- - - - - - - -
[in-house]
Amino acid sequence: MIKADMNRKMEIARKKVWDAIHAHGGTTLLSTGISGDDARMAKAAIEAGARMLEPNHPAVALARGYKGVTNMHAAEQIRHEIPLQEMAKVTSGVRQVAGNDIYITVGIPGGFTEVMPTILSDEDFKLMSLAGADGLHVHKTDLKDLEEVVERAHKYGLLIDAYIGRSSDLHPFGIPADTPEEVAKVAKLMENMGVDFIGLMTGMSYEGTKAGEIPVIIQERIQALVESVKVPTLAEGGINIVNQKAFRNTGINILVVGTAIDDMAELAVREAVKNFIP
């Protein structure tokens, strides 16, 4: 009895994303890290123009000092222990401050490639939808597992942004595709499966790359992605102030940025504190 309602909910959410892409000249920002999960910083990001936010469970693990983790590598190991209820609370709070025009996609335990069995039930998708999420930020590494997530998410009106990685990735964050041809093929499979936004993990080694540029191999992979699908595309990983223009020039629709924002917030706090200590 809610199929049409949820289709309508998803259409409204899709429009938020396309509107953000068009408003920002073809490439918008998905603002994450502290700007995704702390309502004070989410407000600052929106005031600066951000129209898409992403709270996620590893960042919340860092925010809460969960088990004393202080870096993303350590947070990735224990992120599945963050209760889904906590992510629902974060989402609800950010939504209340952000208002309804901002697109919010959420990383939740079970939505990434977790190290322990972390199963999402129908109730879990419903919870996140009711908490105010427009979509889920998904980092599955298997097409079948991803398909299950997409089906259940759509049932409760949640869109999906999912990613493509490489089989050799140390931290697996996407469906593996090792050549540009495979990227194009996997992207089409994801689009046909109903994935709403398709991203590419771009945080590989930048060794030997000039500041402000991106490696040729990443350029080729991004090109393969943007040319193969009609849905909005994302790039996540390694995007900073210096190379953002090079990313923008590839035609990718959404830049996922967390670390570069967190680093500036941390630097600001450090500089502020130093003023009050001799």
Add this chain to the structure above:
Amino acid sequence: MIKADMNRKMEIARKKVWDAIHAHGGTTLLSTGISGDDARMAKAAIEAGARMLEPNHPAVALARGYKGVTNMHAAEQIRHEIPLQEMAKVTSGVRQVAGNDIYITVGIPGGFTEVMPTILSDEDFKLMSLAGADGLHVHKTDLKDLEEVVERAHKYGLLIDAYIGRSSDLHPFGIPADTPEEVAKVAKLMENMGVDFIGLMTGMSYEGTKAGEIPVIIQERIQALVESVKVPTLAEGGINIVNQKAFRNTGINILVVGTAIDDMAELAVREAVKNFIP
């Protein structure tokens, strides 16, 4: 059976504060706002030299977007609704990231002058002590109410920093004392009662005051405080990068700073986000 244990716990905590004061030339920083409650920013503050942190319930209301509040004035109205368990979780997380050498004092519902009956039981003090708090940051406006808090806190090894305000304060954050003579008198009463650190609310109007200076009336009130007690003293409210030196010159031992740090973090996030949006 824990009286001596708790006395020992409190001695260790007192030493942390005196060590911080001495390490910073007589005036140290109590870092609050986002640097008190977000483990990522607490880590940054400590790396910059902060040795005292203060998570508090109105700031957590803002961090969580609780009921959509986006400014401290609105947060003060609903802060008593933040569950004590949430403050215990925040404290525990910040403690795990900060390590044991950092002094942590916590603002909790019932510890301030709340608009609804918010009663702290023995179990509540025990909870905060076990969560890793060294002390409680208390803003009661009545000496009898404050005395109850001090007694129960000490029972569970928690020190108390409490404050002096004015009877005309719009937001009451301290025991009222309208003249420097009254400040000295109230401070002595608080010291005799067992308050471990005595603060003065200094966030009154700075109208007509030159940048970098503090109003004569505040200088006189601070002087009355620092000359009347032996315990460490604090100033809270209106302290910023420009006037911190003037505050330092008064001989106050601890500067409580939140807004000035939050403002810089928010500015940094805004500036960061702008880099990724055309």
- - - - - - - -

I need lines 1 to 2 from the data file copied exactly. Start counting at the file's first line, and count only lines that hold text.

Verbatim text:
[in-house]
Amino acid sequence: MIKADMNRKMEIARKKVWDAIHAHGGTTLLSTGISGDDARMAKAAIEAGARMLEPNHPAVALARGYKGVTNMHAAEQIRHEIPLQEMAKVTSGVRQVAGNDIYITVGIPGGFTEVMPTILSDEDFKLMSLAGADGLHVHKTDLKDLEEVVERAHKYGLLIDAYIGRSSDLHPFGIPADTPEEVAKVAKLMENMGVDFIGLMTGMSYEGTKAGEIPVIIQERIQALVESVKVPTLAEGGINIVNQKAFRNTGINILVVGTAIDDMAELAVREAVKNFIP